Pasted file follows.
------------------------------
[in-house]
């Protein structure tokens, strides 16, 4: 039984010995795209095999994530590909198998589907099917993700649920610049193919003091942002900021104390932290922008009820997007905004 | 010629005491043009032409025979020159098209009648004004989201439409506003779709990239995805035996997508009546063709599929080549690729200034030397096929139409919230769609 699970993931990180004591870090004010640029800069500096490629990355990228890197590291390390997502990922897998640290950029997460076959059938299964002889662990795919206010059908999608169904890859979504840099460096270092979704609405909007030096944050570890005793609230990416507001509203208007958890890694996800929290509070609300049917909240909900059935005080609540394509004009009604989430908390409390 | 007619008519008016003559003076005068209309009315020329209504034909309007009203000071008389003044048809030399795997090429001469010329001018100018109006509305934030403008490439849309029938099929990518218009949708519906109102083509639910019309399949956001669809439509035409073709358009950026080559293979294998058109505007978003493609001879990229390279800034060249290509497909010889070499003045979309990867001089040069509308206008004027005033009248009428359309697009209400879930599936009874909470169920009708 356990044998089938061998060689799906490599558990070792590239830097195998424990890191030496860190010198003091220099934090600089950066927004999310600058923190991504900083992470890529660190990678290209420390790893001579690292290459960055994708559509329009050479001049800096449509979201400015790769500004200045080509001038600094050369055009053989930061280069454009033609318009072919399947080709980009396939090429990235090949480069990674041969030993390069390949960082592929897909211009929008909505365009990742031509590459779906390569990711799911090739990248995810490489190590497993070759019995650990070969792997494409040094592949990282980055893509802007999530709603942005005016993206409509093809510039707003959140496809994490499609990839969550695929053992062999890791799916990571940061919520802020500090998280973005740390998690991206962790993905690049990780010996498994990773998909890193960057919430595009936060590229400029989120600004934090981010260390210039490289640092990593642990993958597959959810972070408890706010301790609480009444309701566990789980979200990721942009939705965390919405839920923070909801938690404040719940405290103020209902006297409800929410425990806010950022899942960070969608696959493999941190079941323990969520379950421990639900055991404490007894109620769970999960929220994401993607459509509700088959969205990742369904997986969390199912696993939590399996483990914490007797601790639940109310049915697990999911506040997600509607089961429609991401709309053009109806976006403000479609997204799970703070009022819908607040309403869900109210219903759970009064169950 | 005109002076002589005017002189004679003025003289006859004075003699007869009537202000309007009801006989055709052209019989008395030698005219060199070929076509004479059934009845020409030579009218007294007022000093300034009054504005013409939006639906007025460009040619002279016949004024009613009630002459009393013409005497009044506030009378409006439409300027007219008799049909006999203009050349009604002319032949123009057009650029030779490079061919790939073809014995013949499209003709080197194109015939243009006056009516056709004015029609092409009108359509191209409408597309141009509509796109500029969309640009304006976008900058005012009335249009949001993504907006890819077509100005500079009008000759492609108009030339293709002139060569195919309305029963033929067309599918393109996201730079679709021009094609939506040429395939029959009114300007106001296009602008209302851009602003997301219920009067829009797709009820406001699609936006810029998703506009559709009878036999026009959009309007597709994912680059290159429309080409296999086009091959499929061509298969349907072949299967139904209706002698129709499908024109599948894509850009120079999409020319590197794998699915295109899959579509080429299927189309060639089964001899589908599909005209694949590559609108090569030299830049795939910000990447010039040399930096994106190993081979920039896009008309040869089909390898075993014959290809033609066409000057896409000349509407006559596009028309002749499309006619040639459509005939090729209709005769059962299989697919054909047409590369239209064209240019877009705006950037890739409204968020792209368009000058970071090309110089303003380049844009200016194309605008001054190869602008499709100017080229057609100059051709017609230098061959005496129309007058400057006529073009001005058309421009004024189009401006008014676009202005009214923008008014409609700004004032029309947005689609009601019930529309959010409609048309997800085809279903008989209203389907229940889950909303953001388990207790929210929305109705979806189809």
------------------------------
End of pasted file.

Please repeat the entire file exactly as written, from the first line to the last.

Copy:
[in-house]
């Protein structure tokens, strides 16, 4: 039984010995795209095999994530590909198998589907099917993700649920610049193919003091942002900021104390932290922008009820997007905004 | 010629005491043009032409025979020159098209009648004004989201439409506003779709990239995805035996997508009546063709599929080549690729200034030397096929139409919230769609 699970993931990180004591870090004010640029800069500096490629990355990228890197590291390390997502990922897998640290950029997460076959059938299964002889662990795919206010059908999608169904890859979504840099460096270092979704609405909007030096944050570890005793609230990416507001509203208007958890890694996800929290509070609300049917909240909900059935005080609540394509004009009604989430908390409390 | 007619008519008016003559003076005068209309009315020329209504034909309007009203000071008389003044048809030399795997090429001469010329001018100018109006509305934030403008490439849309029938099929990518218009949708519906109102083509639910019309399949956001669809439509035409073709358009950026080559293979294998058109505007978003493609001879990229390279800034060249290509497909010889070499003045979309990867001089040069509308206008004027005033009248009428359309697009209400879930599936009874909470169920009708 356990044998089938061998060689799906490599558990070792590239830097195998424990890191030496860190010198003091220099934090600089950066927004999310600058923190991504900083992470890529660190990678290209420390790893001579690292290459960055994708559509329009050479001049800096449509979201400015790769500004200045080509001038600094050369055009053989930061280069454009033609318009072919399947080709980009396939090429990235090949480069990674041969030993390069390949960082592929897909211009929008909505365009990742031509590459779906390569990711799911090739990248995810490489190590497993070759019995650990070969792997494409040094592949990282980055893509802007999530709603942005005016993206409509093809510039707003959140496809994490499609990839969550695929053992062999890791799916990571940061919520802020500090998280973005740390998690991206962790993905690049990780010996498994990773998909890193960057919430595009936060590229400029989120600004934090981010260390210039490289640092990593642990993958597959959810972070408890706010301790609480009444309701566990789980979200990721942009939705965390919405839920923070909801938690404040719940405290103020209902006297409800929410425990806010950022899942960070969608696959493999941190079941323990969520379950421990639900055991404490007894109620769970999960929220994401993607459509509700088959969205990742369904997986969390199912696993939590399996483990914490007797601790639940109310049915697990999911506040997600509607089961429609991401709309053009109806976006403000479609997204799970703070009022819908607040309403869900109210219903759970009064169950 | 005109002076002589005017002189004679003025003289006859004075003699007869009537202000309007009801006989055709052209019989008395030698005219060199070929076509004479059934009845020409030579009218007294007022000093300034009054504005013409939006639906007025460009040619002279016949004024009613009630002459009393013409005497009044506030009378409006439409300027007219008799049909006999203009050349009604002319032949123009057009650029030779490079061919790939073809014995013949499209003709080197194109015939243009006056009516056709004015029609092409009108359509191209409408597309141009509509796109500029969309640009304006976008900058005012009335249009949001993504907006890819077509100005500079009008000759492609108009030339293709002139060569195919309305029963033929067309599918393109996201730079679709021009094609939506040429395939029959009114300007106001296009602008209302851009602003997301219920009067829009797709009820406001699609936006810029998703506009559709009878036999026009959009309007597709994912680059290159429309080409296999086009091959499929061509298969349907072949299967139904209706002698129709499908024109599948894509850009120079999409020319590197794998699915295109899959579509080429299927189309060639089964001899589908599909005209694949590559609108090569030299830049795939910000990447010039040399930096994106190993081979920039896009008309040869089909390898075993014959290809033609066409000057896409000349509407006559596009028309002749499309006619040639459509005939090729209709005769059962299989697919054909047409590369239209064209240019877009705006950037890739409204968020792209368009000058970071090309110089303003380049844009200016194309605008001054190869602008499709100017080229057609100059051709017609230098061959005496129309007058400057006529073009001005058309421009004024189009401006008014676009202005009214923008008014409609700004004032029309947005689609009601019930529309959010409609048309997800085809279903008989209203389907229940889950909303953001388990207790929210929305109705979806189809």